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Current accounts…when staying faithful doesn’t pay

Current accounts…when staying faithful doesn’t pay

Category: Banking

Updated: 08/08/2011
First Published: 26/08/2010

This article was correct at the time of publication. It is now over 6 months old so the content may be out of date.

Current account holders, who are remaining loyal to their banks for longer than they would their partners, are missing out on the best current account deals.

On average, Britons keep their current account provider for 16.5 years, longer than the average of 14.1 years that they remain with their partners, according to research from Santander Current Accounts.

Despite incentives from high street providers aimed at getting people to switch their current account, more than half (57%) of all UK adults have kept their current account for more than a decade.

Almost one in five (18%) has held the same current account for more than 30 years.

However, while the majority of people appear reluctant to consider changing their current account provider, 7% said they had moved their current account more than three times in the last decade.

"For many people, enjoying a successful long term relationship in whatever form is more rewarding than chopping and changing," said Helen Bierton, head of Santander Current Accounts.

"When it comes to current accounts, people often stay with the same provider, even though it might not be the most competitive, because the prospect of switching to a new current account can be daunting.

"Interestingly, those who have switched current accounts in the past 10 years say it is about rates and rewards, with reasons such as convenience and trust appearing high on the list of priorities."

Why not check out the latest current account deals to see if your loyalty to your current account provider is hitting you in the pocket?

Switch your main current account to Santander and pay in at least £1,000 a month and the Spanish banking giant will give you £100, as well as 5% AER (fixed) for 12 months on the first £2,500 of your balance.

Put the same monthly payment of £1,000 into the Halifax Reward Current Account, and you will be rewarded with £6.25 per month.

There's no interest rate as such, but the overall sum of £75 per year will be paid whether the account is in credit or overdrawn, as long as the minimum contribution is met.

For the same monthly contribution again of £1,000, the Lloyds TSB Classic Plus account pays 2.47% gross, one of the highest interest rates around for an online current account.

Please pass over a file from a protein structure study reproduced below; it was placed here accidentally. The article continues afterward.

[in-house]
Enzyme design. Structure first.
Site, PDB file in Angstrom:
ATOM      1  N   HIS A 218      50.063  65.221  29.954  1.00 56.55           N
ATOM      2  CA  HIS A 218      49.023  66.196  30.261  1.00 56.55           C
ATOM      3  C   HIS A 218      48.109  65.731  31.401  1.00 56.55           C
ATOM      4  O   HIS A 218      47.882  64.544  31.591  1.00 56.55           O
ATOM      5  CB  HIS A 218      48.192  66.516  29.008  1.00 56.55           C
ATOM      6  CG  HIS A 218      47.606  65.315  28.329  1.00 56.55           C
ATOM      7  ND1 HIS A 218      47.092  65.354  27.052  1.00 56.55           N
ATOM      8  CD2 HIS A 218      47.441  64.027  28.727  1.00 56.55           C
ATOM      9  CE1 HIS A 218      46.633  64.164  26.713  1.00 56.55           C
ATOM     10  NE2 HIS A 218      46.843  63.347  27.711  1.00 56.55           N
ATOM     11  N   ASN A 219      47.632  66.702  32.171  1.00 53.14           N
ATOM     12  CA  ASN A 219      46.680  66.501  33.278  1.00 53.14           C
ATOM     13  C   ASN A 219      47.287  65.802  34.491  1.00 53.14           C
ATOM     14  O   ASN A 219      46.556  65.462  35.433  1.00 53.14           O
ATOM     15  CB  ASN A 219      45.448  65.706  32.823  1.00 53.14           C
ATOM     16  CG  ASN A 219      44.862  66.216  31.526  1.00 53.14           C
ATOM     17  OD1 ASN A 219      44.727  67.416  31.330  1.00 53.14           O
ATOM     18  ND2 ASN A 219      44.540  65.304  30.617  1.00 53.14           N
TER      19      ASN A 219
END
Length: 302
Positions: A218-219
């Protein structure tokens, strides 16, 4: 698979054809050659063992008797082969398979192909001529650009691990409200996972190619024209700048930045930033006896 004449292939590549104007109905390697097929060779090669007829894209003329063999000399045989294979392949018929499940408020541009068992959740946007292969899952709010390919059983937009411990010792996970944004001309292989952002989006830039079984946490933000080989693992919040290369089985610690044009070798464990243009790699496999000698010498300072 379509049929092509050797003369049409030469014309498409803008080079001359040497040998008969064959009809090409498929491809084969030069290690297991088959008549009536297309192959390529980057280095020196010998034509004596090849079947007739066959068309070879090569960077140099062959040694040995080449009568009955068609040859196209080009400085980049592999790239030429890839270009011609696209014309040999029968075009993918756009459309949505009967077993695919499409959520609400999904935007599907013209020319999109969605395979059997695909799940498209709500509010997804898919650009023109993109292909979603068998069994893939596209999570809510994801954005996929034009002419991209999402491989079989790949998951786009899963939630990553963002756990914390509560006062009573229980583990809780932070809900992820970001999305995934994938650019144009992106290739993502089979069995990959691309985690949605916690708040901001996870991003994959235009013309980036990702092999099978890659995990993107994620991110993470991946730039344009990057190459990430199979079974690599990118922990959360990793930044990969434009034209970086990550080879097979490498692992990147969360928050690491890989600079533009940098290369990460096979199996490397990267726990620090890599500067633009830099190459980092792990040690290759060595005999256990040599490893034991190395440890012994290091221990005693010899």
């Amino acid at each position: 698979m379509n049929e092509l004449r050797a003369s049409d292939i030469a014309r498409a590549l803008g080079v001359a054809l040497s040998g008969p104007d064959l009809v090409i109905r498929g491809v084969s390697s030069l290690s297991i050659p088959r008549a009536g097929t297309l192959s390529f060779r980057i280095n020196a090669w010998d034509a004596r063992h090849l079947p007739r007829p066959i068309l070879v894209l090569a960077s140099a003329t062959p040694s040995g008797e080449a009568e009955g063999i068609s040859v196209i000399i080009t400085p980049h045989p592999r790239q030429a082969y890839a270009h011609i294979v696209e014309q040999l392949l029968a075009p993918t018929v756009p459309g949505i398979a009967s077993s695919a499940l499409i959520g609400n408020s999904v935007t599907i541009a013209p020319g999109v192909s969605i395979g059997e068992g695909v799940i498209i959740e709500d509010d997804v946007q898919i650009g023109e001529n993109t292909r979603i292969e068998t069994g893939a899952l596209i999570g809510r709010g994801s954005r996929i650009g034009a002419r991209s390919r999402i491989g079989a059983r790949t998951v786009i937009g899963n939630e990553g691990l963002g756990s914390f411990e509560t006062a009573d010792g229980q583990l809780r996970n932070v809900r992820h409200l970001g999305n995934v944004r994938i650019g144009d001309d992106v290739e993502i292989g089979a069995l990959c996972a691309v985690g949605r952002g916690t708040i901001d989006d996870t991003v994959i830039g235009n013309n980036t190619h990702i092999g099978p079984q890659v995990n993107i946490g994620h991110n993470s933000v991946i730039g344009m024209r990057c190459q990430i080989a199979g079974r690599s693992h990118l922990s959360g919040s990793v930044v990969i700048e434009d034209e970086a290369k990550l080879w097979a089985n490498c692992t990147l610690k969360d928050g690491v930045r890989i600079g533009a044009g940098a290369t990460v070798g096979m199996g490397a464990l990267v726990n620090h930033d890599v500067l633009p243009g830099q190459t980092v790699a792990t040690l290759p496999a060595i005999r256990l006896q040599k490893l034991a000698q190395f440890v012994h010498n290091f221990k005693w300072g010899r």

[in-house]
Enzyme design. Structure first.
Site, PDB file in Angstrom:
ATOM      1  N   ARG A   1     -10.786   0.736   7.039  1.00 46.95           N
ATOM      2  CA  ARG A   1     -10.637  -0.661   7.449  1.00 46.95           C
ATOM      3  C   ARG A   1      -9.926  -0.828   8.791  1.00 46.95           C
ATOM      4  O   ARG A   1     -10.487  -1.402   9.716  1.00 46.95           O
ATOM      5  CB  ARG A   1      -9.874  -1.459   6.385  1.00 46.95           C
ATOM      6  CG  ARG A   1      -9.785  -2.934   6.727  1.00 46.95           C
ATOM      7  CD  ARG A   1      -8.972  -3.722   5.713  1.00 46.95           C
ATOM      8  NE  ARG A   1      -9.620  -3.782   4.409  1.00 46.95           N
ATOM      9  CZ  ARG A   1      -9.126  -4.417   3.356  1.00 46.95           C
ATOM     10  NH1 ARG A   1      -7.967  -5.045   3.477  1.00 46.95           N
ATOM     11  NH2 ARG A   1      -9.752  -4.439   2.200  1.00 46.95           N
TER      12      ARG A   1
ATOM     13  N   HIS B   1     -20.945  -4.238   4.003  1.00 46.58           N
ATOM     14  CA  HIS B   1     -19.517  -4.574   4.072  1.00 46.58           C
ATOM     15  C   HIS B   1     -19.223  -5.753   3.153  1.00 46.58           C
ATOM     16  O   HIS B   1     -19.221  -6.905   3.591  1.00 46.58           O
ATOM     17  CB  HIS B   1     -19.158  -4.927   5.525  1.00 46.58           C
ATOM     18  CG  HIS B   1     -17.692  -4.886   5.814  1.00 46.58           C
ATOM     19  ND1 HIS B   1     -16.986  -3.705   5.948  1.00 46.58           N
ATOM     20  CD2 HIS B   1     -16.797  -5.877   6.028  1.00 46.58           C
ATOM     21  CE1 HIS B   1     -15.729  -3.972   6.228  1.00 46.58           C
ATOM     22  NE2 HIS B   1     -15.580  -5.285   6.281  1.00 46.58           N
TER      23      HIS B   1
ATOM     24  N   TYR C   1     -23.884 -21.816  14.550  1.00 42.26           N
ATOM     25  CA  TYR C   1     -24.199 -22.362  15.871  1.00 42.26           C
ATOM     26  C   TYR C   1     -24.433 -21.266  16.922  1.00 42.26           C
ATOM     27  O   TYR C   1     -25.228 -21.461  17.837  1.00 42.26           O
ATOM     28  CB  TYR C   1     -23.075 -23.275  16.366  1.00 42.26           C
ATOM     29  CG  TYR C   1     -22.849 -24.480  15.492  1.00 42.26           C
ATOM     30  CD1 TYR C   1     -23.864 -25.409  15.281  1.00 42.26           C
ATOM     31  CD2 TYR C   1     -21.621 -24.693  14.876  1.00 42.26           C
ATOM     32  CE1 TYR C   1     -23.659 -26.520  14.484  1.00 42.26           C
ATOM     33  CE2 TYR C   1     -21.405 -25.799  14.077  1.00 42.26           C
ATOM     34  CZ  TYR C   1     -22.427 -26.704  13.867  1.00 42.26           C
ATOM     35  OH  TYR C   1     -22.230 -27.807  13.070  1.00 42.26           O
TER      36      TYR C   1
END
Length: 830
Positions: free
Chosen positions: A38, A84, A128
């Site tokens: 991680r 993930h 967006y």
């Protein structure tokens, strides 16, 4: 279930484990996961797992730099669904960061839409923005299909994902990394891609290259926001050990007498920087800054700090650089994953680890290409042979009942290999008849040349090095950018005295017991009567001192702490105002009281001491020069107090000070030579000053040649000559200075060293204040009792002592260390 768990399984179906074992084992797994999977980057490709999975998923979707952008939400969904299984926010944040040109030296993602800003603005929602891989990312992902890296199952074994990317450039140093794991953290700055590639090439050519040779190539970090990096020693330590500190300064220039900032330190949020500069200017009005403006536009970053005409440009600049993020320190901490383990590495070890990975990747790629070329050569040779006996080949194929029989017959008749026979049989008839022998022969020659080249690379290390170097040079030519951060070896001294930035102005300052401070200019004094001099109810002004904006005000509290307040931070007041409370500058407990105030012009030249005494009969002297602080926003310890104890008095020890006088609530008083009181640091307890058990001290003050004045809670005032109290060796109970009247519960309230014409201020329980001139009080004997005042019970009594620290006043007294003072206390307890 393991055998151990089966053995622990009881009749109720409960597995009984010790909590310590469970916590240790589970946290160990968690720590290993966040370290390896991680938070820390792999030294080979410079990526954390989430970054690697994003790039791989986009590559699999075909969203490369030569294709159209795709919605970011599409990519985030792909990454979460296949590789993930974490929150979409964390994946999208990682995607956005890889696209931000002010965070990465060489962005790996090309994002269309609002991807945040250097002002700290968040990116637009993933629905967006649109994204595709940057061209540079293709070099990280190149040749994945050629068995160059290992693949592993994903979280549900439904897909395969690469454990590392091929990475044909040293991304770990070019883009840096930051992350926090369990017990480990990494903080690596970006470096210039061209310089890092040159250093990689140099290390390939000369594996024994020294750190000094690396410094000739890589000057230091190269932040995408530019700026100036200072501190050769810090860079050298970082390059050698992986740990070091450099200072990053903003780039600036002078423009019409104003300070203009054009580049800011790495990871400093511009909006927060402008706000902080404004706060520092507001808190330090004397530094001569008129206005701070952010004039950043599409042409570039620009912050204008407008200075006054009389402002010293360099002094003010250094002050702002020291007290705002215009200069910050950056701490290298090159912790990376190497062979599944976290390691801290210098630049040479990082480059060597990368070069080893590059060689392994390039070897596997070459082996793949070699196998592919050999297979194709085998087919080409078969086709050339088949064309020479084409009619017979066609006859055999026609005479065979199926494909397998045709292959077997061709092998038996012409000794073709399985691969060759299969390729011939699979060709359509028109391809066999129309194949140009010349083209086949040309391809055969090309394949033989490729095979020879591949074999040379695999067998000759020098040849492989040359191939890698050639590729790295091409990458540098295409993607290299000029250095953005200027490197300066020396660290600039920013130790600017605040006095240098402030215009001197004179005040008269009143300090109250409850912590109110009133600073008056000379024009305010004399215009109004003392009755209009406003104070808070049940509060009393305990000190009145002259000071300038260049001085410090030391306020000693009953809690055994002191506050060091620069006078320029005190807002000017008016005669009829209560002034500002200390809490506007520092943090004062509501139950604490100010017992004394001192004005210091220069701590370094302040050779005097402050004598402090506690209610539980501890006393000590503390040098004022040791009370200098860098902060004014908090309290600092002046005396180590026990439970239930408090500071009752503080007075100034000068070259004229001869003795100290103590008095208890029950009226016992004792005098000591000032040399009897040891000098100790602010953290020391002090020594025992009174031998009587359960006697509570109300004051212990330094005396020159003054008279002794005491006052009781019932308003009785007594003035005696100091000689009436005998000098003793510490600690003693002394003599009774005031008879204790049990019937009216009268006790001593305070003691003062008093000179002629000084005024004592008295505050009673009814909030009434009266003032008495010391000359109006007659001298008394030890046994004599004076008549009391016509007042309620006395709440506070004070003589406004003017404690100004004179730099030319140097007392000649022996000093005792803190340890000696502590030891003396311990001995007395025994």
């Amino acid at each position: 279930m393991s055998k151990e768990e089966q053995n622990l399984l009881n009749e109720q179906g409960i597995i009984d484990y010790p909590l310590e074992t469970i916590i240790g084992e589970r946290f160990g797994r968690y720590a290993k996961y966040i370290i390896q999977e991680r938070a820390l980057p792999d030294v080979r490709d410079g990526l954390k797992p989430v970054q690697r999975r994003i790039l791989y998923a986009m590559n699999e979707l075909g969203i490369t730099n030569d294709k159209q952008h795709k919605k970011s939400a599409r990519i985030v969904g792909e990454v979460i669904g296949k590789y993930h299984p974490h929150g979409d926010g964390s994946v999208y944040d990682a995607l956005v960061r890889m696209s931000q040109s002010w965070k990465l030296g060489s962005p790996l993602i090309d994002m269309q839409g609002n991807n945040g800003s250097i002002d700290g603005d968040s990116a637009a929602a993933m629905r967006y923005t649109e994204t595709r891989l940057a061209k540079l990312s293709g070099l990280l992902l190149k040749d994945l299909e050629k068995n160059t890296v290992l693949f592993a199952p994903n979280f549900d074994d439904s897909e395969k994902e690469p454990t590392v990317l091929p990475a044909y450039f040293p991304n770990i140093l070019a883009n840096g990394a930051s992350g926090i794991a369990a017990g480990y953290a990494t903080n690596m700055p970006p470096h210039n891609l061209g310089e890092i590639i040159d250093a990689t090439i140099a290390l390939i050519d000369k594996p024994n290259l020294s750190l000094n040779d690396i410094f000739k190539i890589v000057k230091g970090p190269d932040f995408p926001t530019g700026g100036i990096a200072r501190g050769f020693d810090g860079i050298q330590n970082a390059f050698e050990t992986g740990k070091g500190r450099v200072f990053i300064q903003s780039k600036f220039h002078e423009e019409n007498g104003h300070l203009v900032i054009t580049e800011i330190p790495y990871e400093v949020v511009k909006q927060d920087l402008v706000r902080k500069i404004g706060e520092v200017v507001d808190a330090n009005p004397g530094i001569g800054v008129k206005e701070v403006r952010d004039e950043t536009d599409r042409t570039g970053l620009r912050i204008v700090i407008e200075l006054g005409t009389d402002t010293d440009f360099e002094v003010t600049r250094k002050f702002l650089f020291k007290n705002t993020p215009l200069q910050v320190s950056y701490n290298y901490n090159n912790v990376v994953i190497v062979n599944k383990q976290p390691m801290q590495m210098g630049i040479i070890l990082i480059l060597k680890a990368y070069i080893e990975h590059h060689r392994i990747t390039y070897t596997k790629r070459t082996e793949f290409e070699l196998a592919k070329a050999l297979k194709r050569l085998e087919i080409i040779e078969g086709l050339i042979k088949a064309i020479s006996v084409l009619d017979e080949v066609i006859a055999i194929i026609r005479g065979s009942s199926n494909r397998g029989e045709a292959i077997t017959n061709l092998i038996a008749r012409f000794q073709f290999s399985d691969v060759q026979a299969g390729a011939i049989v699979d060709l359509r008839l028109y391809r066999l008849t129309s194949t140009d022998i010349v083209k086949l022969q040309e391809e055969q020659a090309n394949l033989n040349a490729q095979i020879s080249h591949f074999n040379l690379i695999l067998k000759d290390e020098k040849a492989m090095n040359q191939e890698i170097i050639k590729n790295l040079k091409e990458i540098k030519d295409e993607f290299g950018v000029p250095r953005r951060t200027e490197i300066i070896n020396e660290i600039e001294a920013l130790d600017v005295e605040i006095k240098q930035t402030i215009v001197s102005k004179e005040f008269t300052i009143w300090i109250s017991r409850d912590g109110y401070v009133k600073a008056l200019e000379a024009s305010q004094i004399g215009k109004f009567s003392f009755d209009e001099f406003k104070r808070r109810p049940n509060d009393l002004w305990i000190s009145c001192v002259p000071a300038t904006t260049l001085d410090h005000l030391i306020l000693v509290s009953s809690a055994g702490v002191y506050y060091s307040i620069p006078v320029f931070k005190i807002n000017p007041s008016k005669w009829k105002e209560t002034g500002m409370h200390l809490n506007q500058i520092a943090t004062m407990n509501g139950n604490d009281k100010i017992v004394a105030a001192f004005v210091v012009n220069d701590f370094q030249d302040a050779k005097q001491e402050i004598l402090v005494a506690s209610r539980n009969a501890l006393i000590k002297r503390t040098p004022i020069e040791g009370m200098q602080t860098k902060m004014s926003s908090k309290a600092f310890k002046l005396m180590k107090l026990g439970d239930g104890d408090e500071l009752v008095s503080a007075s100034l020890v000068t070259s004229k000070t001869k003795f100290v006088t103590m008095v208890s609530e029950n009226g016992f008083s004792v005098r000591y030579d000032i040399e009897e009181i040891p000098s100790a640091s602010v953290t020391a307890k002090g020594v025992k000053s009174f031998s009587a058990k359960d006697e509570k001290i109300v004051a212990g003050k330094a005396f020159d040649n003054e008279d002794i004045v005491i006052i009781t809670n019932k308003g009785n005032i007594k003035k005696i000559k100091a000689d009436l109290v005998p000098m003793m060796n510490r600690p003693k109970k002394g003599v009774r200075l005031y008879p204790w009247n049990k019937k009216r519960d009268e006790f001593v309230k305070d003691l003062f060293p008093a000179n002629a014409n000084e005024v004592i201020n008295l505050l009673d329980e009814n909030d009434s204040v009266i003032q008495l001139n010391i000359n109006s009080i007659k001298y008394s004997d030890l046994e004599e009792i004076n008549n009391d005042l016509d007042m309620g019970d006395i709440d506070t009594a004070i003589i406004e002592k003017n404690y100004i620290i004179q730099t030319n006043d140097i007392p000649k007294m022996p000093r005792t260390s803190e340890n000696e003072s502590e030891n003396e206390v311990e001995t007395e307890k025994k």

If the contribution limits required to get the best rates on these deals is too steep, then the Nationwide FlexAccount might be the one for you.

Complete the quick and easy online account transfer and there awaits a three month interest free overdraft, along with free European multi-trip travel cover.

Or if you'd prefer a bank account with fewer frills, then there are still plenty of options available.

Barclays Basic Bank Account is a straightforward account with no monthly account fee which can be managed online, by phone or in branch.

Alternatively, the HSBC Basic Bank Account is ideal for those who are 18 and over but will only make a few basic transactions per month.

You might think switching current accounts will be a long and laborious task, but this couldn't be further from the truth.

Your newly chosen current account provider will contact your old one for a list of your direct debits and standing orders, before asking you to confirm which ones you want to move.

Letting your employer, pension provider and anyone else who pays money into your old current account know of your new current account details will be about as far as your responsibilities have to go.

The transfer should take no longer than 4 weeks to complete, while you'll even be reimbursed if you end up out of pocket should anything go wrong.

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Disclaimer: Information is correct as of the date of publication (shown at the top of this article). Any products featured may be withdrawn by their provider or changed at any time.